Infantry movements are suicidal without adequate suppressive fire and frontal assaults will be nothing more than acts of self immolation. The introduction of precision guided munitions like ‘Excalibur’ will make artillery an even more effective killing machine as howitzer shells attain unprecedented accuracy. Von Schreff’s prediction of ‘The empty battlefield’ is becoming increasingly manifest as wars of the future attain the shape of massive counter-battery duels, where concentrated masses of men and machines are nothing more than juicy targets for the enemy’s artillery.
In this environment, should one not be concerned about the firepower of the Indian Army? The ongoing naval expansion and the prescribed artillery up-gradation have one thing in common. The need for huge amounts of capital. Are we diverting funding from the artillery (An existential need) to a blue-water fleet (A luxury)?
Once again, history offers the answer. Between 1899 and 1911, Imperial Germany was obsessed with Mahanism. Both hawks and doves from the Second Reich advocated a blue water ‘High Seas Fleet’ that could bring Germany on equal footing with Great Britain and allow her a way to escape the stifling bounds of mainland Europe.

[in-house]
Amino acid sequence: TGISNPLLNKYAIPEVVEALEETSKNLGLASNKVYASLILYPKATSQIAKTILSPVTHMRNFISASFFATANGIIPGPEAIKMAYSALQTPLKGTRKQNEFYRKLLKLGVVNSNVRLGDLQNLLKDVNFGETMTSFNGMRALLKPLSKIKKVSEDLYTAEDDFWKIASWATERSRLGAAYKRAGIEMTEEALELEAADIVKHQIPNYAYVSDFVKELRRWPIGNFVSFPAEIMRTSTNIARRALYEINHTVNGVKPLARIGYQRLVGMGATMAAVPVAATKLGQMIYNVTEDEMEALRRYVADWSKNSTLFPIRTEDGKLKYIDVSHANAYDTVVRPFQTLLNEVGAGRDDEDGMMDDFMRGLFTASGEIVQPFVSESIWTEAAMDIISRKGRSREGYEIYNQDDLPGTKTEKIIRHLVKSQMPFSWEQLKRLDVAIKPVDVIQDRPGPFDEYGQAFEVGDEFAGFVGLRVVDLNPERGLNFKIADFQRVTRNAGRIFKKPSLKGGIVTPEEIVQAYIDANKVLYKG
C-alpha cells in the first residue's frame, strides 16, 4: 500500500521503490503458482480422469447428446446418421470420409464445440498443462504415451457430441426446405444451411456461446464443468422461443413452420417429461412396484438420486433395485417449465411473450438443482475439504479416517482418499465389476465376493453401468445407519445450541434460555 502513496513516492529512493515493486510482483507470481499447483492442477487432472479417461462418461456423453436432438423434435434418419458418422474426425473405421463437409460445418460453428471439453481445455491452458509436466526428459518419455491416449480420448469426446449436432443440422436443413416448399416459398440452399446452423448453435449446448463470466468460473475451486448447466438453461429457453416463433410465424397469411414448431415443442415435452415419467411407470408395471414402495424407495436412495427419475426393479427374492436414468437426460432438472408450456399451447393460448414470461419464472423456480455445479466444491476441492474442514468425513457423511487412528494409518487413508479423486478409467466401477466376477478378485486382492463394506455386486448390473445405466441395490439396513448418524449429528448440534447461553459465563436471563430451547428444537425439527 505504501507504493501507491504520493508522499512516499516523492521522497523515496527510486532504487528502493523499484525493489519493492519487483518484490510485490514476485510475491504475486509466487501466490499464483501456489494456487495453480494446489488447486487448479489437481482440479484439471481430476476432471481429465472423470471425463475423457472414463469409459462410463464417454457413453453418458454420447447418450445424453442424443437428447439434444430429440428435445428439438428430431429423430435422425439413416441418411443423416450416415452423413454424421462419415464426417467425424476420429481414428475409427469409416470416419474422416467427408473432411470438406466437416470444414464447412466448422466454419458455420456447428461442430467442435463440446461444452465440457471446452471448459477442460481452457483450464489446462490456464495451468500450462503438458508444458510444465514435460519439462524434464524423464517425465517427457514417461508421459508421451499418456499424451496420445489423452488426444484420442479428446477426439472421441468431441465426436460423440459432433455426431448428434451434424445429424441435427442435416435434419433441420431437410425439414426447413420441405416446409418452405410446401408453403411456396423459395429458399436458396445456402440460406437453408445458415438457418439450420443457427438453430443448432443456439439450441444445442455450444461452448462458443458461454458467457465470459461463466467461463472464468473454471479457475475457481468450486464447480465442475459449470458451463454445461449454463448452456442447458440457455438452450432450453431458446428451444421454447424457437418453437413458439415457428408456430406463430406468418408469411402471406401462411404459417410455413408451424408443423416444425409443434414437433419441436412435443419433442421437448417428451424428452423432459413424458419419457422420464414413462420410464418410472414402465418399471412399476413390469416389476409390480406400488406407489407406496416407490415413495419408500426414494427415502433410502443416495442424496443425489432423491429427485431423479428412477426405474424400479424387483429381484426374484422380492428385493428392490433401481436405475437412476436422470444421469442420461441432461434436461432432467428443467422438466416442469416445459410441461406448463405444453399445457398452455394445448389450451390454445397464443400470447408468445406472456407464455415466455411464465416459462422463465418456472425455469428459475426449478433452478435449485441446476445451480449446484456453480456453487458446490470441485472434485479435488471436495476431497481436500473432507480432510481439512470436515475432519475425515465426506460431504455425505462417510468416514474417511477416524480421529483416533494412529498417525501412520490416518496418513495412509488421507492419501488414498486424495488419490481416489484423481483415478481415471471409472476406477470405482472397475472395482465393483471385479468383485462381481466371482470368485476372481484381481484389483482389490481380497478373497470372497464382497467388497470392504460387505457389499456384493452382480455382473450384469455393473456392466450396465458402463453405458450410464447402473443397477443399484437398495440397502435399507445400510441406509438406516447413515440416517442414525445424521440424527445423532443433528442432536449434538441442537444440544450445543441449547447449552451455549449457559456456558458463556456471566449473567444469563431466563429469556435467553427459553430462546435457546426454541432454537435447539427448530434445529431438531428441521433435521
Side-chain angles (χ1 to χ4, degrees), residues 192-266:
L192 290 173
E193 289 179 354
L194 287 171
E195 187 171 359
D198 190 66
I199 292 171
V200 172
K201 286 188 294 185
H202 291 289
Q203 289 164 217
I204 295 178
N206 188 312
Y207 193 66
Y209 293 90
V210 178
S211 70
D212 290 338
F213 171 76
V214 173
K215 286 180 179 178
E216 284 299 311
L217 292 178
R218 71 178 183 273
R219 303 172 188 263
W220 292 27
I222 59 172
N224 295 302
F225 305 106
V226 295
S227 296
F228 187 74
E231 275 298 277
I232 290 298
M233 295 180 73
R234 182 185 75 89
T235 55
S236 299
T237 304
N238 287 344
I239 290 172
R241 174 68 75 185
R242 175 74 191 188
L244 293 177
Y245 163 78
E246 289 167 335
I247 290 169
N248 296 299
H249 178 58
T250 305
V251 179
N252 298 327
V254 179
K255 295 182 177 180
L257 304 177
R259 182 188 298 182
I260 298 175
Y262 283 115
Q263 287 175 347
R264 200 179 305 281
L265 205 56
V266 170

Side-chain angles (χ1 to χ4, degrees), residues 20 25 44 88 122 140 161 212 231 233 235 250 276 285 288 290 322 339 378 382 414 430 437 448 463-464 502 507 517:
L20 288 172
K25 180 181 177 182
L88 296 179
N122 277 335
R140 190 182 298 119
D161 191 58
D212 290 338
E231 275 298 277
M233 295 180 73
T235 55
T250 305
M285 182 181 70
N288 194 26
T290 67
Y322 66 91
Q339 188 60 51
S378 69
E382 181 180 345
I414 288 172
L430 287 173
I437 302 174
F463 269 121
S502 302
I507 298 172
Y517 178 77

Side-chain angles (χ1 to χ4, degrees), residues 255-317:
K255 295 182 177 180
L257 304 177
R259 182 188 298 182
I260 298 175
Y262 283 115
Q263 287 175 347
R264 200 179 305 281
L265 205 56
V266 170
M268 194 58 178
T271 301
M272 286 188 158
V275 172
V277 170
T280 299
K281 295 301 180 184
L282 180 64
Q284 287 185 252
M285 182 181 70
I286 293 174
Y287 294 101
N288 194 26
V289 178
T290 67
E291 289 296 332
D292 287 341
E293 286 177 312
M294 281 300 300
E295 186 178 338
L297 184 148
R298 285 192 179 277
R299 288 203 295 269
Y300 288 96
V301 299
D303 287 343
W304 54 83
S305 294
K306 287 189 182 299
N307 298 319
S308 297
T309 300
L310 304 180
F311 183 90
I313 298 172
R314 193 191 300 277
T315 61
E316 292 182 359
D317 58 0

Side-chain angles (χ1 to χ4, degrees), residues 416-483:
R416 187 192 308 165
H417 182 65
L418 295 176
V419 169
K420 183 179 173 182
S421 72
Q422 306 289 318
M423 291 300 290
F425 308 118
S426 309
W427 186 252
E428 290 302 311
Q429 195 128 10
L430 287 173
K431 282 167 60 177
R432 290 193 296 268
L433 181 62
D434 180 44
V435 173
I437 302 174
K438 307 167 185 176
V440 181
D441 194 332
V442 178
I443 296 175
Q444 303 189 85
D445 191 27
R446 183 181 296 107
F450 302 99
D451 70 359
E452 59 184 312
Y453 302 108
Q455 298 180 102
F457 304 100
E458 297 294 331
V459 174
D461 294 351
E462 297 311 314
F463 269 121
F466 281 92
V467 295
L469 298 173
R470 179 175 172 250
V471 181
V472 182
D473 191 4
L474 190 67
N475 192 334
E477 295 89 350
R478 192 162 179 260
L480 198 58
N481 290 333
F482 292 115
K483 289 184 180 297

The Germans sunk huge amounts of funds into the navy and ignored the army. In doing so they lost track of the basic geographical reality of Germany being a continental power having long land borders and belligerent neighbors. Within a few years they had the second largest fleet in the world.
However, the army remained the same as it had been in 1899. It was only with the First Balkan war of 1912 that German observers realized how far behind their land forces had fallen. They severely curtailed naval spending, choosing the army instead. Between 1911 and 1914 they added specialist units, communications systems, reconnaissance aircraft, engineering detachments, zeppelins and observer balloons at a breathtaking pace. But most of all they added cannons.